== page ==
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Why Can't We Talk?: Working Together to Bridge the Communications Gap to Save Lives (Guidebook)

NCJ Number
Date Published
February 2005
105 pages
This guide provides public officials with information on planning, establishing governance structure, and technology strategies to achieve interoperability, the ability for all responding agencies to communicate on demand and in real time.
Interoperability is the ability of public safety officials and agencies to talk to one another via radio communication systems on demand, in real time, when needed. However, in many cases, public safety officers cannot even talk to their own agencies. There are five key reasons for this lack of communication: incompatible and aging communications equipment, limited and fragmented funding, limited and fragmented planning, a lack of coordination and cooperation, and limited and fragmented radio spectrum. This guide examines these barriers to interoperability and provides valuable information for local, regional, State, and national public officials on what needs to be done to overcome these barriers and how their involvement can assist in breaking down the barriers. The guide is designed to provide public officials with easy-to-understand information on interoperability which includes: (1) the definition of interoperability, the importance of interoperability to public officials, and the role of public officials in interoperability; (2) evaluation and assessment of public safety radio communication systems and financial resources and interim technology strategies; (3) planning for interoperability and the role of elected and appointed officials in the planning process; (4) understanding a governance structure for improving interoperability; (5) funding strategies for achieving interoperability; and (6) a historical perspective of radio spectrum and increasing the efficient use of spectrum.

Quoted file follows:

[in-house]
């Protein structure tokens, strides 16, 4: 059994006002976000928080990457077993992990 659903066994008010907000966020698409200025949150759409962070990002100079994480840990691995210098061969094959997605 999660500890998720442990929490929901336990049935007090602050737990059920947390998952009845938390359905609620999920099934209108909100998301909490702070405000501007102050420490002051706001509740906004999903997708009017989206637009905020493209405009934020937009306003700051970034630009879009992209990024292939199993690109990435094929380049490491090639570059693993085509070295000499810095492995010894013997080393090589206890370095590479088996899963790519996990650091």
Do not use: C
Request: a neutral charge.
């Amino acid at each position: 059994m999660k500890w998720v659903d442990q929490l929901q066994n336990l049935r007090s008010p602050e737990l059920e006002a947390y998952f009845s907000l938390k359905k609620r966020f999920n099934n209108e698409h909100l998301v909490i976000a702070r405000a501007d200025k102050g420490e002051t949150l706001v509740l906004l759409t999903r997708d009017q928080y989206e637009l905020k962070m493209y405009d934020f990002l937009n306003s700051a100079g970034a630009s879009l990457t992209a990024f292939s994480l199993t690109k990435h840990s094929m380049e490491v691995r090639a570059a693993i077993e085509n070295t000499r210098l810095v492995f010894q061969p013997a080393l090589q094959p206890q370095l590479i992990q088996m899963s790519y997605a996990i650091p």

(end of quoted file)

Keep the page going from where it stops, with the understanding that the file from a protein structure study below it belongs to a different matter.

Date Published: February 1, 2005